Performer: Marc-André Hamelin
Composer: Charles-Valentin Alkan
SPARS Code: DDD
Number of Discs: 1
Format: APE (image+cue)
Size: 193 MB
01. Allegro Assai
03. Allegretto Alla Barbaresca
05. Esprits Follets: Prestissimo
06. Canon: Assez Vivement
07. Tempo Giusto
08. Horace Et Lydie: Vivacissimo
09. Barcarolle: Assez Lentement
Hamelin Runs Alkan’s Gauntlet… and Wins
Charles-Valentin Alkan probably holds the most uneven status of any composer in music history: Schumann saw him as mediocre and Busoni believed him the greatest piano composer next to Beethoven and Liszt. Today, Alkan is gradually becoming more recognized as a musical genius and important pianist-composer. But his music continues to be ignored by the mainstream and seems only known to connoisseurs. It’s a shame, when his compositions show such unquestionable originality and sound like the best elements of Chopin and Liszt. However, with the help of Marc-Andre Hamelin, I think we may be experiencing an Alkan Renaissance. Hamelin has probably contributed more to Alkan’s posthumous legacy than even Ronald Smith. Thanks to Hamelin, the Alkan discography has been fattened immeasurably. But beyond that, Hamelin is one of the only few who can bring out the best of Alkan’s unique music.
For those unfamiliar with Alkan’s Concerto for Solo Piano, Ronald Smith notes that “it has been described as the nineteenth century’s answer to Bach’s Italian Concerto. In both works a single player is invited to imitate the impression of solo and massed forces. But the Alkan is on a colossal scale; an isolated masterpiece which cannot be sensibly compared with any other work…” Hamelin has arguably catapulted this work into the spotlight, though I must confess that I absolutely loathed his first recording of it (Charles-Valentin Alkan: Concerto For Solo Piano). I was disappointed with Hamelin’s lack of legato touch in nearly every measure, the unyielding overly fast tempo, and, to my ears, an absence of emotional involvement.
With this latest recording on Hyperion, however, Hamelin has cleaned all of the stains, sealed the cracks, and revamped his entire delivery. The only thing Hamelin didn’t alter is his preferred tempo: really fast. After comparative listenings between both recordings, I was pleasantly stunned to find Hamelin’s new interpretation showing far greater vision and musicianship than he ever achieved. The first gigantic movement, for instance, is more energized and lush, more dynamically contrasting and passionate. Hamelin’s fast tempo now seems like a valid interpretative approach rather than a fault. Personally, I think Jack Gibbons’s “Adagio” is on a higher plane, but Hamelin improves himself here, too; he lets Alkan’s music brood and storm and never glazes over important moments. The third “Allegretto alla barbaresca” movement is a hair-raising and explosive thrillride. Hamelin’s treatment of the torrential maelstrom of notes is less mechanical and more expressive. He succeeds in conveying Alkan’s piquant and grandiose ideas, in addition to the sheer power of it all. Simply put, Hamelin’s new performance of this “Frankenstein’s monster” is in every facet superior to his original recording.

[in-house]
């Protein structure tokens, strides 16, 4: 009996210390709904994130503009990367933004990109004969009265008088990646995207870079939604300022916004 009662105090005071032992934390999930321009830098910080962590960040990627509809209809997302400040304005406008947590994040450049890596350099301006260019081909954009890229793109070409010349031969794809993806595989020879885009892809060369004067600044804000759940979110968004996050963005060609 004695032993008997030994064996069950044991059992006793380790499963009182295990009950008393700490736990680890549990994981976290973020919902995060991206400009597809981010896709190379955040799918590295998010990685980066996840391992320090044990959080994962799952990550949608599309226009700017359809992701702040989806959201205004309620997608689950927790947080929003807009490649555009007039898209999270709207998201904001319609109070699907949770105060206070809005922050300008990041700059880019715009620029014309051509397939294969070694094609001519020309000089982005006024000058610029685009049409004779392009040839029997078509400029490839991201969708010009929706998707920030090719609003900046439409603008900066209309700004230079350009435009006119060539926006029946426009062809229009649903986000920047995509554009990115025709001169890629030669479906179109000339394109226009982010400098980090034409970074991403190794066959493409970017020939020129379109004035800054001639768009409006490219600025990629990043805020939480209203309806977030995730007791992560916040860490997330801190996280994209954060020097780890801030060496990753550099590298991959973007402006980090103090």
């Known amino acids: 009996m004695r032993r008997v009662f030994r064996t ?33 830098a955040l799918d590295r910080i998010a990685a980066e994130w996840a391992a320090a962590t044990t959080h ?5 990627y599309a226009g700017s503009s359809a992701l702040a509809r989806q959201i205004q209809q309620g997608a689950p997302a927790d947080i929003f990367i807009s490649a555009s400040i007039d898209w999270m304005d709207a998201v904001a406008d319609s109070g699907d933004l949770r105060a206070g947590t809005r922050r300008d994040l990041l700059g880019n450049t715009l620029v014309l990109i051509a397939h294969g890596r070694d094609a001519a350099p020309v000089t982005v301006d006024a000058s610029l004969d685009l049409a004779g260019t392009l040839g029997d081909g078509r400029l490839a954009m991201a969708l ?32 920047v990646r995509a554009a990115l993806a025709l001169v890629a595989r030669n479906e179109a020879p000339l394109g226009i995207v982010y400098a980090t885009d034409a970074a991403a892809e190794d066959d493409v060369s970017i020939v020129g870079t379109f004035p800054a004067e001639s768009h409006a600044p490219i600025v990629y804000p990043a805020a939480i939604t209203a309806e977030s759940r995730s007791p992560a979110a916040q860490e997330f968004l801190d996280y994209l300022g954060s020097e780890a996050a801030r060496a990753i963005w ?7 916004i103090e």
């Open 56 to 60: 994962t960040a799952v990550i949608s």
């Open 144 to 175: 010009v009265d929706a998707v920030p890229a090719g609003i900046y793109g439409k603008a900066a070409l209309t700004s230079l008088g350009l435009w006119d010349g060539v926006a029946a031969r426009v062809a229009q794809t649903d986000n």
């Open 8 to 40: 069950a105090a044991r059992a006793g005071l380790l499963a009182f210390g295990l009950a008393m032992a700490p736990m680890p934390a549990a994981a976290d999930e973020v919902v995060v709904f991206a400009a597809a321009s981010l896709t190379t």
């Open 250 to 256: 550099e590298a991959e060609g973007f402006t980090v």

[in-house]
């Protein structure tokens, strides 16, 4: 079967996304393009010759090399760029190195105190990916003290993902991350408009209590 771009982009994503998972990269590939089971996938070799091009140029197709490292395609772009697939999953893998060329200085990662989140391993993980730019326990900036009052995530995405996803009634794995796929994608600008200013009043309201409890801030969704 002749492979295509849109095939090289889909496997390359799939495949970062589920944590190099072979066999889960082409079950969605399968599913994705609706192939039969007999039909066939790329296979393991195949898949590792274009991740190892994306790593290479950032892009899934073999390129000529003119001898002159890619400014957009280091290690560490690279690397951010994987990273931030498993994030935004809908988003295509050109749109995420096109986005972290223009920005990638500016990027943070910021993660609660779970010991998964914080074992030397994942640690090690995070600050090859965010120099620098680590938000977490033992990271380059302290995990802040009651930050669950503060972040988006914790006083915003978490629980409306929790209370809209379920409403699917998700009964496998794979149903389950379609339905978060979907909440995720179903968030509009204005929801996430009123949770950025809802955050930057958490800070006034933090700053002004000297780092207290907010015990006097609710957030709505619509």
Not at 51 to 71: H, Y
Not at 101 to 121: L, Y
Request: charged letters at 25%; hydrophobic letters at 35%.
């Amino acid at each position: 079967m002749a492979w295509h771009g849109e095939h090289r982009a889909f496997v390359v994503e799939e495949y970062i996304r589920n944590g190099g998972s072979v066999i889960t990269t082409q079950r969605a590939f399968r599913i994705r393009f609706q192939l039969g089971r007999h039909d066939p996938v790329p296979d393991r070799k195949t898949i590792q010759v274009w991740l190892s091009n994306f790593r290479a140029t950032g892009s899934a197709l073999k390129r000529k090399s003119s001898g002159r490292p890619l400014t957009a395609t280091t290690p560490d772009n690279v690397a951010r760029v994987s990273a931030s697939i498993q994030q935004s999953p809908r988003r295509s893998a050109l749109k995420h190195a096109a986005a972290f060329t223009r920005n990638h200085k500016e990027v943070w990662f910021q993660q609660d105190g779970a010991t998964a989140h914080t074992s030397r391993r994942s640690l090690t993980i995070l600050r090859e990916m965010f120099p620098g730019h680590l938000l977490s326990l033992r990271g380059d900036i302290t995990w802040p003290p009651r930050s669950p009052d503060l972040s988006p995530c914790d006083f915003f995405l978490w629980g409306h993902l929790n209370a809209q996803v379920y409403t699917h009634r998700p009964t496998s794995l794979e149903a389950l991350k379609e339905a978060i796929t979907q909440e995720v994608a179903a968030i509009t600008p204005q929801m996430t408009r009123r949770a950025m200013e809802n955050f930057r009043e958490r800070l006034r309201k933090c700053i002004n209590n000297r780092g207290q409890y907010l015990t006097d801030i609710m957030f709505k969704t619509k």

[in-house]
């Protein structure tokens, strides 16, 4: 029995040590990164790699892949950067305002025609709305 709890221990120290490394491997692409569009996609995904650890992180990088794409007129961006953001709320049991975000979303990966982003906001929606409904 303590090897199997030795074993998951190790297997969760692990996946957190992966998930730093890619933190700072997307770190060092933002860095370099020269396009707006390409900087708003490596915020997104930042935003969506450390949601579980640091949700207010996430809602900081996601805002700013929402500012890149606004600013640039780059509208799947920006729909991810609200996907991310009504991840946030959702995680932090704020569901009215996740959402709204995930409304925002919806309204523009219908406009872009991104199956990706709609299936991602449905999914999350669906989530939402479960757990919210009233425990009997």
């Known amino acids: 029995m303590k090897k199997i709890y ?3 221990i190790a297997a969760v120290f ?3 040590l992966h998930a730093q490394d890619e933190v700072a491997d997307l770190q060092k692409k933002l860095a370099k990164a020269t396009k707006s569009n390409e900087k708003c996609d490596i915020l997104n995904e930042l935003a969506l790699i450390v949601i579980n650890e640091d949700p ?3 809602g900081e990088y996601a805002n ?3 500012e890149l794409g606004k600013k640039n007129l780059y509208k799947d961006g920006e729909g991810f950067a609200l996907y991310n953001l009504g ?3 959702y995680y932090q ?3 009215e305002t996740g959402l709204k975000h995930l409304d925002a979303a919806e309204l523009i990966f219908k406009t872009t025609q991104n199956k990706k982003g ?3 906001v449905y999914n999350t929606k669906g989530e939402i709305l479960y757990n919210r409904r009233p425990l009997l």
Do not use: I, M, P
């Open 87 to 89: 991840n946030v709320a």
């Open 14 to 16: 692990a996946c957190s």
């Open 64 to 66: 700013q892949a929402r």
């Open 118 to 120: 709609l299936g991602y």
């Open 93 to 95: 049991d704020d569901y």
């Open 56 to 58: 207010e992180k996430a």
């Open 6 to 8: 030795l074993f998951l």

Alkan’s “Troisiéme recueil de chants Op. 65” makes an extremely odd companion for the mammoth Concerto. The music is less ambitious and magnificent, but no less communicative. To my knowledge, the first four pieces of this set have never been recorded before. Smith calls the second, “Esprits follets” or “Goblins” “a kind of supersonic Mendelssohn scherzo.” Those familiar with Alkan’s music may recognize melodic similarities between this piece and the first movement of the Sonatine. The “Tempo giusto” recalls Schumann’s sound world except for the frenetic ending, a blatant stamp of Alkan’s style. “Horace et Lydie” is a rather intricate conception. It is apparently music set to an ancient text of dialogues in which each speaker must answer each other with an identically sized line or stanza. According to Smith, “Alkan follows the scheme meticulously. He switches registers between the stanzas and sets the first pair in the Dorian and the second in the Phrygian modes.” Alkan’s last number of the set, the “Barcarolle,” is his famous miniature, and although Hamelin has recorded this before, I’m always impressed with his well-paced and haunting performance.
Bottom line: In my opinion, Jack Gibbons’s recording of the Concerto for Solo Piano is still the benchmark. I would actually encourage those interested in Alkan, who have not yet heard the Concerto, to start there (Alkan: 12 Études, Op. 39). But I cannot deny the value of Hamelin’s new recording and decidedly better performance of the Concerto. A parting message from Humphrey Searle: “Certainly no student of the extraordinary development of the piano and piano playing that took place in the last century should fail to know Alkan’s work–know it intimately, and observe the important place he fills.”